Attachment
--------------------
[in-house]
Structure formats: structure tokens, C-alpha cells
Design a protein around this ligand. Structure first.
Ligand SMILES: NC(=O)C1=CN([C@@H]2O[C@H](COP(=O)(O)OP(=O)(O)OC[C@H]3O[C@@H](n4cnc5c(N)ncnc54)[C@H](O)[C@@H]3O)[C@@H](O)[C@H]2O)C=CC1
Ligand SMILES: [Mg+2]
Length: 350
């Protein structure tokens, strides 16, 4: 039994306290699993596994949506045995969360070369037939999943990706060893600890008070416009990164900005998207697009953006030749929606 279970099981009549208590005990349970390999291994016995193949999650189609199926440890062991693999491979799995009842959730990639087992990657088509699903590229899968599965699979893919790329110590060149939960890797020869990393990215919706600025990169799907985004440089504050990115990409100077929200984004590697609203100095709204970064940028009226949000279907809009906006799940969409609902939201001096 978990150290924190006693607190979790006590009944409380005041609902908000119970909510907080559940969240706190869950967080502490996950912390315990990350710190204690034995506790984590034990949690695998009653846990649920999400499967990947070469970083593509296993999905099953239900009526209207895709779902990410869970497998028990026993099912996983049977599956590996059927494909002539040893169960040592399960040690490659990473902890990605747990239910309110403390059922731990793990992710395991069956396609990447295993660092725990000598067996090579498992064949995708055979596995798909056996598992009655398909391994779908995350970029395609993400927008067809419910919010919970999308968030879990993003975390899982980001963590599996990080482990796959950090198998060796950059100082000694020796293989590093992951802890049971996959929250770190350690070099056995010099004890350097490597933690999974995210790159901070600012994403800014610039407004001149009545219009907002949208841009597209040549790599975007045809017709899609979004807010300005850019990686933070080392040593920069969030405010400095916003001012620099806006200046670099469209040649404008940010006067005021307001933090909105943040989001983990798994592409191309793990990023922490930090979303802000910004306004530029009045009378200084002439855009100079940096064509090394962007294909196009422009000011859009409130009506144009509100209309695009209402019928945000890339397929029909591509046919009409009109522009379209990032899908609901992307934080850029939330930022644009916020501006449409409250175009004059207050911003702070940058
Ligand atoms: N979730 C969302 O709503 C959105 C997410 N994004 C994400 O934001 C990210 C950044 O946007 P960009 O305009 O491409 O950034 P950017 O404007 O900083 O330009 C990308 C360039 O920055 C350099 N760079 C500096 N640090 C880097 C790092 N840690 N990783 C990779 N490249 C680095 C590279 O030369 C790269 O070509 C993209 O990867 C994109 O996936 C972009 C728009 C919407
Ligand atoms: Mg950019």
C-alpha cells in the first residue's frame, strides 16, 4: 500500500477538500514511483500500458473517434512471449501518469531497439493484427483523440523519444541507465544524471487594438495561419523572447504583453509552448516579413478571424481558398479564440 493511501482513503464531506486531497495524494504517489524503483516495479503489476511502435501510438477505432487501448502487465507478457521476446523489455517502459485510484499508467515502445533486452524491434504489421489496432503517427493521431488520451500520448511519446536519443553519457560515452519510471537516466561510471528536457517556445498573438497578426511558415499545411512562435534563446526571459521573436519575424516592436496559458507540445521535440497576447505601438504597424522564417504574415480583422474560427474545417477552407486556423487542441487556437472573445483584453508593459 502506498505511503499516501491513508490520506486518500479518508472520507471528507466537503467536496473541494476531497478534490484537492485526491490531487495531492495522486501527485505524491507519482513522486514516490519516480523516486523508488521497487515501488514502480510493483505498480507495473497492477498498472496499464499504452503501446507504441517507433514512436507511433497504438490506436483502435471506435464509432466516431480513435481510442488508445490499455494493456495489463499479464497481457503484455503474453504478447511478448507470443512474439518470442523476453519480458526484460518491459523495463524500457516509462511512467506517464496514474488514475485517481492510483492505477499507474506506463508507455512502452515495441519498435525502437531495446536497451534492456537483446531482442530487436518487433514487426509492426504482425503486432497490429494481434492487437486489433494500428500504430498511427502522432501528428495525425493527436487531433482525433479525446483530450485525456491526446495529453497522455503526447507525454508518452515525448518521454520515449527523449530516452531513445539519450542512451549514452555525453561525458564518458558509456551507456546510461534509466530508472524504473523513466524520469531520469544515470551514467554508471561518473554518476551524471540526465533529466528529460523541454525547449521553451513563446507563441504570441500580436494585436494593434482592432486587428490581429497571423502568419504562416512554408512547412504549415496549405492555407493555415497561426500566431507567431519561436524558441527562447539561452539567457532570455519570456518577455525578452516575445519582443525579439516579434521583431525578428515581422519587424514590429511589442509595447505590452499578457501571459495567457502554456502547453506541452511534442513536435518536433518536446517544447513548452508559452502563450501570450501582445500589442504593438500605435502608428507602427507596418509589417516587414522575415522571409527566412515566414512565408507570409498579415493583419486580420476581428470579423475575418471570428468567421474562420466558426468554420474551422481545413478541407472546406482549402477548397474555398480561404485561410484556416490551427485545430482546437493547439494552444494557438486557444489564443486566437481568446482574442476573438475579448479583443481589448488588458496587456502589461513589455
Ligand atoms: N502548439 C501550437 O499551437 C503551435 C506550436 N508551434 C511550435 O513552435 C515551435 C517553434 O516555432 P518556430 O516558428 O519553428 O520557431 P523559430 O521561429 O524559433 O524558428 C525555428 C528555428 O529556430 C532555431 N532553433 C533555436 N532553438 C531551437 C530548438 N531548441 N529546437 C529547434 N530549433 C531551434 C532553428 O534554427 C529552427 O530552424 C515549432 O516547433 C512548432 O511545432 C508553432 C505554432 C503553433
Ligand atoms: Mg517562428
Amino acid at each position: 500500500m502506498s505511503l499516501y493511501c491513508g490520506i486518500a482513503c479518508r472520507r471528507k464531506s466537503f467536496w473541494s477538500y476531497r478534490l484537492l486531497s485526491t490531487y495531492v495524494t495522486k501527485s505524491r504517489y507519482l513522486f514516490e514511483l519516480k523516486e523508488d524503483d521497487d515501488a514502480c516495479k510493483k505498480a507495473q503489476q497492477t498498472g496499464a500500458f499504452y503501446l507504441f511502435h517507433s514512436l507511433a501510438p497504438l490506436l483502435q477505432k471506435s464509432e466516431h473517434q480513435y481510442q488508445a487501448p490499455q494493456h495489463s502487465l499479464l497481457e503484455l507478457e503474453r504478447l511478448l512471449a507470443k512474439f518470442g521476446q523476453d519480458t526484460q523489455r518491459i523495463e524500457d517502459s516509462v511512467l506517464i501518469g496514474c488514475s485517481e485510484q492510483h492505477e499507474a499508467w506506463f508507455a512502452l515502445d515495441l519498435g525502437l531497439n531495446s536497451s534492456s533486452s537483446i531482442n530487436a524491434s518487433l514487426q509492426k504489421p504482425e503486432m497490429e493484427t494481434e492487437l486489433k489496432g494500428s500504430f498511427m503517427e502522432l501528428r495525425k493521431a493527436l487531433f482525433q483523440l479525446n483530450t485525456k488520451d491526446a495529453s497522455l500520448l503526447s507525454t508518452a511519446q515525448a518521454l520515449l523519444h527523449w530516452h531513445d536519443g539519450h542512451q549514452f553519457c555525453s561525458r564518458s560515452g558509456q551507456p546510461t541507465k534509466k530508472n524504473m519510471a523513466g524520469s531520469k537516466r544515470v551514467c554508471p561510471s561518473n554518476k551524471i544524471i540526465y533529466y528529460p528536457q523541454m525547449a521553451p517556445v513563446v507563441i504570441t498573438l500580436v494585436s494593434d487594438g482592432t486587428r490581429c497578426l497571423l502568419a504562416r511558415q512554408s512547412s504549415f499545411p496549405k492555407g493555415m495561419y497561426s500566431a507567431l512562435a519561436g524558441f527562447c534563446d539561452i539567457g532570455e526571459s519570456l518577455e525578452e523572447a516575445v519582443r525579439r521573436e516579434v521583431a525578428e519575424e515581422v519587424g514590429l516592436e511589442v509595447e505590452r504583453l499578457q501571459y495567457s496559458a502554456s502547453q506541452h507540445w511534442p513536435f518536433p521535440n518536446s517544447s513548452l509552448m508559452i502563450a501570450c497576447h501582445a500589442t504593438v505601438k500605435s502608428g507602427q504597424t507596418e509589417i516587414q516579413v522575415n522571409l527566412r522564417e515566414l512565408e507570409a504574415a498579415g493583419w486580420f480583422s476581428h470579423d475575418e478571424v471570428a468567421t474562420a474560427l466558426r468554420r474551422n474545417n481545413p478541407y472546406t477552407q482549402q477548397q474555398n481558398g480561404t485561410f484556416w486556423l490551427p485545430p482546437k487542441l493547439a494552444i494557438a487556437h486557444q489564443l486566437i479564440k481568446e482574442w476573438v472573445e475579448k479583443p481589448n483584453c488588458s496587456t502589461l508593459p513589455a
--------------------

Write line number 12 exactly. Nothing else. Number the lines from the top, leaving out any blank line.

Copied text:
Ligand atoms: Mg517562428